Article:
Tuesday, December 05, 2023

"Frontline staff face lottery when it comes to essential criminal-check costs"


Just imagine that you go for a job as a carer (nearly always low paid) then find out you have to pay for your criminal record check (DBS), not your employer! 42% of employers in a recent UNISON survey recharge their employees for these statutory checks in order to work and care. 2.4 million workers. Incredible. Some of these care workers have to pay for multiple checks since they have to work for different employers to get a full time wage.

Hat tip to UNISON care worker Jordan Creed (and branch secretary of the London Voluntary Organisations Branch) for exposing this national scandal. 

"Staff working with vulnerable people face a lottery when it comes to who pays for an essential check needed to do their jobs, says UNISON.

Employers have a legal duty to carry out criminal record checks on frontline public sector workers. A recent survey from the union found that more than four in ten (42%) are passing on the cost of that to their employees.

UNISON believes this means almost two and a half million frontline public sector workers are paying for their own criminal record checks.

Women (74%) and the lowest paid (85%) make up the majority of people working in jobs that require the checks, the research found.

However, UNISON can find no pattern to explain why some employers cover the cost and others – often facing the same recruitment and budgetary pressures – force staff to foot the bill.

According to the survey, over two-thirds (69%) of staff who do not currently pay for the disclosure and barring service check would be put off applying for a job where they would have to meet them cost themselves.

Employees complain about being forced to pay for a new check if they get promoted or move within the same organisation.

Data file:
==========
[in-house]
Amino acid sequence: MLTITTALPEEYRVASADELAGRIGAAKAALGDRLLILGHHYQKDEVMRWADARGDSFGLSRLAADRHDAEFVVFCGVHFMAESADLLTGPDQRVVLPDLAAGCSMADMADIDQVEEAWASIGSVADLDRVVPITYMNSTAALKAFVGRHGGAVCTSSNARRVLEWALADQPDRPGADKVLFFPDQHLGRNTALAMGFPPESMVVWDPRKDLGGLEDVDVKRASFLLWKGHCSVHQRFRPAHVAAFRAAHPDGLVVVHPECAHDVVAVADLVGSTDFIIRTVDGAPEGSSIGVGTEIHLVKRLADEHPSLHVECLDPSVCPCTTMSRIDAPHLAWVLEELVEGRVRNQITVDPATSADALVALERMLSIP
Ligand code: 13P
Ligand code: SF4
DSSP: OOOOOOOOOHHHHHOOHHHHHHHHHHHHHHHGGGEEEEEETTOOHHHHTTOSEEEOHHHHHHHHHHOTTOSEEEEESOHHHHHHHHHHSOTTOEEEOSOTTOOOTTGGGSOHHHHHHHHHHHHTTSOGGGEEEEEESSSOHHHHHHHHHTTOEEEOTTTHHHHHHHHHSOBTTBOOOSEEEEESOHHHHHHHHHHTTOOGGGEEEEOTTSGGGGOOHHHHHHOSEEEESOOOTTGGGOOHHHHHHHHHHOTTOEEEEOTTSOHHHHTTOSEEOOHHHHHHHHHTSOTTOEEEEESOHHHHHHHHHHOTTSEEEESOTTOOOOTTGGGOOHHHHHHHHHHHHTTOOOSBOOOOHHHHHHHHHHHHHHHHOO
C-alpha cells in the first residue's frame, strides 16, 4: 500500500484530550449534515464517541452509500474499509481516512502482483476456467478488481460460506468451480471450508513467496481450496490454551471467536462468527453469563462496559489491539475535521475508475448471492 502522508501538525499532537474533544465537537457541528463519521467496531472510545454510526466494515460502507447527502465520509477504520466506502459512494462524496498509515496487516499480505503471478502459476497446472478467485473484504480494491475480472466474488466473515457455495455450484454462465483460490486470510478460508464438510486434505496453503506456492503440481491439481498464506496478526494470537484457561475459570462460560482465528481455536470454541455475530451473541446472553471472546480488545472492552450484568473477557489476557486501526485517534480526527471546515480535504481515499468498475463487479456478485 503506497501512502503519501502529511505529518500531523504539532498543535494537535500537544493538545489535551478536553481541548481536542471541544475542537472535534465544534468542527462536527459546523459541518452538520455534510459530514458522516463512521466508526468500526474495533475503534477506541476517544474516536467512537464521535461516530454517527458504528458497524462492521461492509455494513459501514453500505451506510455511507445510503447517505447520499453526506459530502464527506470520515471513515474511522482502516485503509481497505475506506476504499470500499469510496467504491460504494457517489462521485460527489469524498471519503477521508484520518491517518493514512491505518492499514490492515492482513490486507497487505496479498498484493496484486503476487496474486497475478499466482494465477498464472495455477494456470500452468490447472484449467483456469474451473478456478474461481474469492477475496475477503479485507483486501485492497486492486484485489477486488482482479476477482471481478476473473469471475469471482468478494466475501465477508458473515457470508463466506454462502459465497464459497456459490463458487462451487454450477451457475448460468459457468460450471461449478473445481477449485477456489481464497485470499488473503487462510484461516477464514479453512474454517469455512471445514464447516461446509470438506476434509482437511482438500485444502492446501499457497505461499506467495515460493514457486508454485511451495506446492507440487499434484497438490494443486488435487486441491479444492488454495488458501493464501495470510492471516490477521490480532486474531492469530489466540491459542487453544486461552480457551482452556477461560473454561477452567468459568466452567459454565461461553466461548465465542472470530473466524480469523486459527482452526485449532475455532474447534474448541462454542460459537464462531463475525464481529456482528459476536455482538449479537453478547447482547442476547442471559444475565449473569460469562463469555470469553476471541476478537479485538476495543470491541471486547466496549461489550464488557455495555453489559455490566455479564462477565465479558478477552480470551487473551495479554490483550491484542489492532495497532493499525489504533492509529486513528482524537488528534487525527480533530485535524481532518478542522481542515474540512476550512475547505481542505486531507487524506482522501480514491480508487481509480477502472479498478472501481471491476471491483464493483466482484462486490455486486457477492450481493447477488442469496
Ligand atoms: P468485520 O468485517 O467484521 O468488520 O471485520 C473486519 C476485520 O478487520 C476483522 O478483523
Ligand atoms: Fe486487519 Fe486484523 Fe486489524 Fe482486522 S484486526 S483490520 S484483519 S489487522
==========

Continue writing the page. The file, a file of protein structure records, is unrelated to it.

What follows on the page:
UNISON said the law should be changed so employers cannot pass the cost onto staff. The fee was waived during the pandemic for health and social care applicants and the union said government covering the cost for all public sector workers made sense during the current recruitment crisis.

UNISON assistant deputy general secretary Jon Richards said: “People already struggling with the cost-of-living crisis should not be forced to pay to work. Most staff who need these checks earn below the national average and money docked from their pay is cash they can ill afford to lose.

“Criminal record checks are vital and bosses have a legal duty to carry them out. The law should be changed to stop rogue employers from docking money for work essentials such as these checks from their staff.

“Such a seemingly small change would make a huge difference to the tens of thousands of staff who currently have to pay for their own checks. People are being put off applying for jobs and even going for promotion because of the cost, which is no good for them or their employers.”

A cross-party group of MPs will discuss the report’s findings at a parliamentary roundtable event on Tuesday 5 December. MPs, including chair of the home affairs select committee Dame Diana Johnson, will hear directly from frontline public sector workers at the event in Room U, Portcullis House from 12:30pm-1:30pm".

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